Designing Your Exit Strategy: Priorities to Consider When Selling Your Business

When it’s time to sell your business, you need to consider a few points in order to fully prepare for one of the biggest business decisions you will make.

First and foremost, you will need to determine what your priorities will be in regards to your business sale. What are some non-negotiable sticking points that you will want in place before any discussions begin with a buyer? You will want to be upfront with these, make sure your business broker knows right off the bat where any lines in the sand need to be drawn. On the other hand, what aspects of a business transaction will you be willing to negotiate or be more flexible on? Be sure that this part of your game plan is firmly in place between you and your broker from the very start and you will be more likely to end up in a better position come closing.

Second, decide what type of deal you are prepared to make. Are you going to be a seller who requires all-cash up front, or would you be open to some kind of seller financing? A word to the wise in this economy, all-cash offers do exist, but are few and far between. If you really want to sell your business, seller financing is a much more realistic way to bring in buyers. Discuss this point with your business broker.

Third, are there any ties to the business that you would want to remain in place? Do you have a child or relative working in the business who wants to stay on as an employee even with a new owner? How long of training and/or consulting period are you willing to agree upon? These types of details should be handled at the beginning of your business sale journey instead of at the end, so be sure that your business broker knows these important details.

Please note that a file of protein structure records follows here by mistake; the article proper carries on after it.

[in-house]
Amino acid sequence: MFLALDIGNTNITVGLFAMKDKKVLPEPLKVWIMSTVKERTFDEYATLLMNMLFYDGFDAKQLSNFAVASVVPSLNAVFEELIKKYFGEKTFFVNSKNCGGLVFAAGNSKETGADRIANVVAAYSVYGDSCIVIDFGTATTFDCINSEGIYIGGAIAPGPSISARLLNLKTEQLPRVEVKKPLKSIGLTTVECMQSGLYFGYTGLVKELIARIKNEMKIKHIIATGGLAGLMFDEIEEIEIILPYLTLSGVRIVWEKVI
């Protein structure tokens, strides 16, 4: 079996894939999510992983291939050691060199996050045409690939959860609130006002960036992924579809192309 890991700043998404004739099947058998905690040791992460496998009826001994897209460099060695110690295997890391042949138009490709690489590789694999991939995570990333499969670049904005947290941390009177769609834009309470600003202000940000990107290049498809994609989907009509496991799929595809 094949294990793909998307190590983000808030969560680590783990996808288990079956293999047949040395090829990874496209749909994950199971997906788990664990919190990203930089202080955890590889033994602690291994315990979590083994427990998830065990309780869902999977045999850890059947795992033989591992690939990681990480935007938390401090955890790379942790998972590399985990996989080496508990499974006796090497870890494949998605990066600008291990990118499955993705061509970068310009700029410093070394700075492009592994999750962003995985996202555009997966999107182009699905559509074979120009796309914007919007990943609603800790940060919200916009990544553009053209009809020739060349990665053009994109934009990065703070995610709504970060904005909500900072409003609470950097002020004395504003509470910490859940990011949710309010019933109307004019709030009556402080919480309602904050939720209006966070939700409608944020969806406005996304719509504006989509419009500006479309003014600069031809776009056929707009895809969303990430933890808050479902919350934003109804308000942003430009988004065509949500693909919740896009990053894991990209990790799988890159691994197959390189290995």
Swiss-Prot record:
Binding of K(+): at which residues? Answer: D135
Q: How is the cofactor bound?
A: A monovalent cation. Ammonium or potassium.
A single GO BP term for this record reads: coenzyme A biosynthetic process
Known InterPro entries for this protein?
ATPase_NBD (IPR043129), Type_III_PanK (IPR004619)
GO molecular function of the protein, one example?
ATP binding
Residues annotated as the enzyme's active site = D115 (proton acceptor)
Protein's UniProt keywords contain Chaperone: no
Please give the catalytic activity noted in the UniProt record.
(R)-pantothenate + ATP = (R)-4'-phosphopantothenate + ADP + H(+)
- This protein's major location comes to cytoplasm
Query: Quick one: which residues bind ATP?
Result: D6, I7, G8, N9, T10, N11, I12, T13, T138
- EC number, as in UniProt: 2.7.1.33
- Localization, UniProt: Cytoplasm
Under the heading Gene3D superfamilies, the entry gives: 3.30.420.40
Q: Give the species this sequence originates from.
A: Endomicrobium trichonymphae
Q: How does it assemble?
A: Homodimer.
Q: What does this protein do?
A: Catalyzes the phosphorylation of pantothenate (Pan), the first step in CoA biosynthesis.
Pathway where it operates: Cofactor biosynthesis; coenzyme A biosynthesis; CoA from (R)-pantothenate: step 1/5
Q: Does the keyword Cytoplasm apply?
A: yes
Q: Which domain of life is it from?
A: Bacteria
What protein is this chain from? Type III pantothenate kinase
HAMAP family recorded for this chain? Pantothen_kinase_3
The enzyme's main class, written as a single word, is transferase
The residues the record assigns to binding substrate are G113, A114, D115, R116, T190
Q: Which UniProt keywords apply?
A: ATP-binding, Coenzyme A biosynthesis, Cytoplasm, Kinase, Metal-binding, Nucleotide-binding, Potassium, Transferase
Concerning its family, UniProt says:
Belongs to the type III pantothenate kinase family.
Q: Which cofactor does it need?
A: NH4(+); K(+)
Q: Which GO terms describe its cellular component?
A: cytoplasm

Lastly, (and probably foremost in your mind as a seller) what is the minimum price you are willing to take for your business? This is a problematic point for many sellers, as the actual selling price of your business isn’t necessarily what you would want it to be, it is what someone else is willing to pay for it. Before you get a number stuck in your mind, have a serious talk with your business broker about what a realistic asking price should be, and also where the line would be in negotiations about bottom line offers. Be wary of a broker who is willing to list your business for whatever price you want. If priced too high, your business will just sit on the market indefinitely. By having realistic and well thought out expectations on price, you will not only be more likely to sell, you will be much happier with the end result.

Are you a business seller who has questions about business sale priorities? Do you have your business listed at a price that doesn’t seem to be generating any action? Please leave a question or comment here, and we will be happy to assist you.




Michael Monnot


Michael Monnot


5111-E Ocean Blvd
Siesta Key, FL 34242

Michael Monnot


9040 Town Center Parkway
Lakewood Ranch, FL 34202